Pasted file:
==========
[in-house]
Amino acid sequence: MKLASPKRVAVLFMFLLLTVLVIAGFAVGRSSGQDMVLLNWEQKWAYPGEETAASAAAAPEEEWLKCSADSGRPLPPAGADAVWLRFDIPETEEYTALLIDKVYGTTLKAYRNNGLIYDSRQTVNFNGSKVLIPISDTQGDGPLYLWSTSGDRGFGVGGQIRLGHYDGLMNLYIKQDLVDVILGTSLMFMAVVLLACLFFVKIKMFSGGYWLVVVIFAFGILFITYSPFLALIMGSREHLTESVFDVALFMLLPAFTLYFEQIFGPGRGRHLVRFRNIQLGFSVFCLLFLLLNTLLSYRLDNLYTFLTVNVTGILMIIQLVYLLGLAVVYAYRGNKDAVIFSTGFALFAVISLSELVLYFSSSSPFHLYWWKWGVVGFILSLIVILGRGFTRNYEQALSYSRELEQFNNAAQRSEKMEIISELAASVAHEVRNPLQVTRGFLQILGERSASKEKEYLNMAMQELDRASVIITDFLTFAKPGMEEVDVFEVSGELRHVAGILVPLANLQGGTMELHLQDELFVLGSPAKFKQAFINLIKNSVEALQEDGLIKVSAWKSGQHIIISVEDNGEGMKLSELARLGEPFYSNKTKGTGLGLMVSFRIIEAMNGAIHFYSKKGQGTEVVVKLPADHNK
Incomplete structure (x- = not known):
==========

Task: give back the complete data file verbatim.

[in-house]
Amino acid sequence: MKLASPKRVAVLFMFLLLTVLVIAGFAVGRSSGQDMVLLNWEQKWAYPGEETAASAAAAPEEEWLKCSADSGRPLPPAGADAVWLRFDIPETEEYTALLIDKVYGTTLKAYRNNGLIYDSRQTVNFNGSKVLIPISDTQGDGPLYLWSTSGDRGFGVGGQIRLGHYDGLMNLYIKQDLVDVILGTSLMFMAVVLLACLFFVKIKMFSGGYWLVVVIFAFGILFITYSPFLALIMGSREHLTESVFDVALFMLLPAFTLYFEQIFGPGRGRHLVRFRNIQLGFSVFCLLFLLLNTLLSYRLDNLYTFLTVNVTGILMIIQLVYLLGLAVVYAYRGNKDAVIFSTGFALFAVISLSELVLYFSSSSPFHLYWWKWGVVGFILSLIVILGRGFTRNYEQALSYSRELEQFNNAAQRSEKMEIISELAASVAHEVRNPLQVTRGFLQILGERSASKEKEYLNMAMQELDRASVIITDFLTFAKPGMEEVDVFEVSGELRHVAGILVPLANLQGGTMELHLQDELFVLGSPAKFKQAFINLIKNSVEALQEDGLIKVSAWKSGQHIIISVEDNGEGMKLSELARLGEPFYSNKTKGTGLGLMVSFRIIEAMNGAIHFYSKKGQGTEVVVKLPADHNK
Incomplete structure (x- = not known):